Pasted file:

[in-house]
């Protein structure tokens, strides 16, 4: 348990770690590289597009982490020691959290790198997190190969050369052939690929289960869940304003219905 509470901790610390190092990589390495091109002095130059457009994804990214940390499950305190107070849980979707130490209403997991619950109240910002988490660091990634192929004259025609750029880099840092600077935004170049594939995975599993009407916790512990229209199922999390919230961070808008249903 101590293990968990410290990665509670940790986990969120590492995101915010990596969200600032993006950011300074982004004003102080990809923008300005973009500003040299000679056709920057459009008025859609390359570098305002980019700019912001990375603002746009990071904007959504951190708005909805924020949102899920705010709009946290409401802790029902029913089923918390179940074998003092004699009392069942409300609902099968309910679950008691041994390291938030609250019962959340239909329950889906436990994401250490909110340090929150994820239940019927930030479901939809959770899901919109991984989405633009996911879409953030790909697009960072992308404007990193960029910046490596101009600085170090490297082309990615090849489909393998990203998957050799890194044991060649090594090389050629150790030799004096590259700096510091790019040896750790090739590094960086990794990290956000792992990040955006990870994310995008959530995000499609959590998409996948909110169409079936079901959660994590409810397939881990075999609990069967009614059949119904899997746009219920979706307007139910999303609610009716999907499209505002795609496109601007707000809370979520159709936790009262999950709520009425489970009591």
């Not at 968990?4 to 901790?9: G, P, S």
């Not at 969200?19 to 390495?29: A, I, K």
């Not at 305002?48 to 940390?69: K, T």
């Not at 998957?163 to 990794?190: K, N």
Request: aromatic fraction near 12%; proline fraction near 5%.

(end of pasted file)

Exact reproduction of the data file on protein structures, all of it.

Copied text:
[in-house]
């Protein structure tokens, strides 16, 4: 348990770690590289597009982490020691959290790198997190190969050369052939690929289960869940304003219905 509470901790610390190092990589390495091109002095130059457009994804990214940390499950305190107070849980979707130490209403997991619950109240910002988490660091990634192929004259025609750029880099840092600077935004170049594939995975599993009407916790512990229209199922999390919230961070808008249903 101590293990968990410290990665509670940790986990969120590492995101915010990596969200600032993006950011300074982004004003102080990809923008300005973009500003040299000679056709920057459009008025859609390359570098305002980019700019912001990375603002746009990071904007959504951190708005909805924020949102899920705010709009946290409401802790029902029913089923918390179940074998003092004699009392069942409300609902099968309910679950008691041994390291938030609250019962959340239909329950889906436990994401250490909110340090929150994820239940019927930030479901939809959770899901919109991984989405633009996911879409953030790909697009960072992308404007990193960029910046490596101009600085170090490297082309990615090849489909393998990203998957050799890194044991060649090594090389050629150790030799004096590259700096510091790019040896750790090739590094960086990794990290956000792992990040955006990870994310995008959530995000499609959590998409996948909110169409079936079901959660994590409810397939881990075999609990069967009614059949119904899997746009219920979706307007139910999303609610009716999907499209505002795609496109601007707000809370979520159709936790009262999950709520009425489970009591």
């Not at 968990?4 to 901790?9: G, P, S």
């Not at 969200?19 to 390495?29: A, I, K």
């Not at 305002?48 to 940390?69: K, T």
């Not at 998957?163 to 990794?190: K, N």
Request: aromatic fraction near 12%; proline fraction near 5%.